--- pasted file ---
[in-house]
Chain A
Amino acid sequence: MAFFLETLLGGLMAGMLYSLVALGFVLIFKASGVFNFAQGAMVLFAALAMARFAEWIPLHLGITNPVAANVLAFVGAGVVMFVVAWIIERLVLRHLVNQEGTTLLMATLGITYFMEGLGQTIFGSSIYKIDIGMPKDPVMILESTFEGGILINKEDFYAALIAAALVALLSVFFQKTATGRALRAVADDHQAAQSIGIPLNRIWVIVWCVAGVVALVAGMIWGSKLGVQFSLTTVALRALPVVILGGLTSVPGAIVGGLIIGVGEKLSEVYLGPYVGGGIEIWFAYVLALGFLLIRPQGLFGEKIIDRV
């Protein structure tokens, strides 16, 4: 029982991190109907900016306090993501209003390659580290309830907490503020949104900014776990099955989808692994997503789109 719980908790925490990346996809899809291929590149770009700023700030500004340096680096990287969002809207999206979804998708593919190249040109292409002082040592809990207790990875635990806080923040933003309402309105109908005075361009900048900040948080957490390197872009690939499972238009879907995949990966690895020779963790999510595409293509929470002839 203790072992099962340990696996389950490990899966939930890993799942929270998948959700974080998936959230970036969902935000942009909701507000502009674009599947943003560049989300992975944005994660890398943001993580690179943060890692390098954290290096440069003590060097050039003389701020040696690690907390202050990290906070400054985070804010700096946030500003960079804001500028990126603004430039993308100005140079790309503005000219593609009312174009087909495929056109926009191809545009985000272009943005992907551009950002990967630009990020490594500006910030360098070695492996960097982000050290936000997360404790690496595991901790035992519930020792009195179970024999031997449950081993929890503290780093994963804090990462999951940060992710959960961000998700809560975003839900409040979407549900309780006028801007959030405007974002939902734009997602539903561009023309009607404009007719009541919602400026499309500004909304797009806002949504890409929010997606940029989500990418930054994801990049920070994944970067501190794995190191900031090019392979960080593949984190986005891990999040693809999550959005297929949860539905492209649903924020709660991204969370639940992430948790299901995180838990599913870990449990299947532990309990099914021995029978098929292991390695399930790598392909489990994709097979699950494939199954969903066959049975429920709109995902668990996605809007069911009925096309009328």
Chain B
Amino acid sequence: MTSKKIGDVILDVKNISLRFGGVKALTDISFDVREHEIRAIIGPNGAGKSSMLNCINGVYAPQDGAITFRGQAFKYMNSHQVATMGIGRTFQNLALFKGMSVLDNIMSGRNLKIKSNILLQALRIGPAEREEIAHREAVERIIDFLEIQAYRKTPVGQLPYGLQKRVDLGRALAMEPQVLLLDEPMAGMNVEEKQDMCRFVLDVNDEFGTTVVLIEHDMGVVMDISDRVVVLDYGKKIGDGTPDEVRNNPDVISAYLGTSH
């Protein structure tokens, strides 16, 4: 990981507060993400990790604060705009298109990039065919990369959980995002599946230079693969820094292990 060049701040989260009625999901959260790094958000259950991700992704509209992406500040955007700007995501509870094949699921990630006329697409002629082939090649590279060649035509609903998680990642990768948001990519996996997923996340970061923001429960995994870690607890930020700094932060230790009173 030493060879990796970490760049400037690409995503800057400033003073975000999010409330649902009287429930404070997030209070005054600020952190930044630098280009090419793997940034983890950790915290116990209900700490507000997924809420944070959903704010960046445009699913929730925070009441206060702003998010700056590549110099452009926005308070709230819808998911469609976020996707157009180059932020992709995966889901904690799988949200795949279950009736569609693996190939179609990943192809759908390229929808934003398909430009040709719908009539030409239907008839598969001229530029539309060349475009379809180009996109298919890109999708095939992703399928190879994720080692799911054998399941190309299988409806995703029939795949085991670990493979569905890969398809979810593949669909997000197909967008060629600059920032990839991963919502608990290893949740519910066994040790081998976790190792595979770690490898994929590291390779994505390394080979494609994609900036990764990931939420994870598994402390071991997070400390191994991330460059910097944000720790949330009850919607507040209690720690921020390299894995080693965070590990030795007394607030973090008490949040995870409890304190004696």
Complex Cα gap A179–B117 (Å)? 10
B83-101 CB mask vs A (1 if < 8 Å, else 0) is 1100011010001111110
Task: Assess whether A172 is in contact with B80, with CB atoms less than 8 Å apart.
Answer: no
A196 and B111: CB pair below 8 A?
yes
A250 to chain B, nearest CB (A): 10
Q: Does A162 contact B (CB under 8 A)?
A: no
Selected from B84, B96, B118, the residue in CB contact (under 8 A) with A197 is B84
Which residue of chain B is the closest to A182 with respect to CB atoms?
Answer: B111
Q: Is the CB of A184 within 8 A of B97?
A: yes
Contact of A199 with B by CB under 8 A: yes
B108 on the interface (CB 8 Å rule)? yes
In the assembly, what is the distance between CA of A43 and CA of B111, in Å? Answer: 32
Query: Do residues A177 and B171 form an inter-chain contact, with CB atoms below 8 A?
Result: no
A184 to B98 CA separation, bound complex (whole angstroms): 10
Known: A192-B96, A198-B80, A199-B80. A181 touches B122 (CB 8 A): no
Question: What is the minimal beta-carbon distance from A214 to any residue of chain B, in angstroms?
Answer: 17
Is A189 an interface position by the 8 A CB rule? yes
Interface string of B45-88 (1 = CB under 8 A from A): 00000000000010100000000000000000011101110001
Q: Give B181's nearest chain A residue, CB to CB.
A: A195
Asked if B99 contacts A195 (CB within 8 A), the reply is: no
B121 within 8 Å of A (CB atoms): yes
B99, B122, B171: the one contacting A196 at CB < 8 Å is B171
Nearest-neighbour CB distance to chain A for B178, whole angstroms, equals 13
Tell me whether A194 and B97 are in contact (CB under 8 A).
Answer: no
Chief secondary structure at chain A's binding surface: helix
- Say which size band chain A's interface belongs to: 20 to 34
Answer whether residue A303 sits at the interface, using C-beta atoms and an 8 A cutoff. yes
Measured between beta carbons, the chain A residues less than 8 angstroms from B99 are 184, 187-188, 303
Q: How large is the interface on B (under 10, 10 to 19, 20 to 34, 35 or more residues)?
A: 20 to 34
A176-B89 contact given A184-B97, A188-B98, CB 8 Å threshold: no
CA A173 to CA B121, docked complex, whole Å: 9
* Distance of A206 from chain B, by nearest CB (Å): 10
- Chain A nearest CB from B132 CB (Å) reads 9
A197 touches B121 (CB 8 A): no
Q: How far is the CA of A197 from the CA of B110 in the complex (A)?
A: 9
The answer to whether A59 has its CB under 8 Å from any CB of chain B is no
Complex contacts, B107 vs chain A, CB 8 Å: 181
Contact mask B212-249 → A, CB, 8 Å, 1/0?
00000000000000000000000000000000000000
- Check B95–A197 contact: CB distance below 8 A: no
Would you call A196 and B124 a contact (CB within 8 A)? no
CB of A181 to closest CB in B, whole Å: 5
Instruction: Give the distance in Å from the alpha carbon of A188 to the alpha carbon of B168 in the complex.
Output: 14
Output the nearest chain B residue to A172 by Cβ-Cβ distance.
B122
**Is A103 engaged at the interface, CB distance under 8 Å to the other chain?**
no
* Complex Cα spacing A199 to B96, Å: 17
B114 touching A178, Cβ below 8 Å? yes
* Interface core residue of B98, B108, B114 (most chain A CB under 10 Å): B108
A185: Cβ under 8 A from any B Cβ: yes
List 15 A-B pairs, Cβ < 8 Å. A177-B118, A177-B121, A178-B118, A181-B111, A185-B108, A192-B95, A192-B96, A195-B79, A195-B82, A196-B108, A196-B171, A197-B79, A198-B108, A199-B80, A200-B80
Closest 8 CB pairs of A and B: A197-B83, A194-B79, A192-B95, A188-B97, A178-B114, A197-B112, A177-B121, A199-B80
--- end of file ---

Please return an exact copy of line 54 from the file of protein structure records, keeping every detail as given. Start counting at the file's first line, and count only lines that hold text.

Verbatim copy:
The answer to whether A59 has its CB under 8 Å from any CB of chain B is no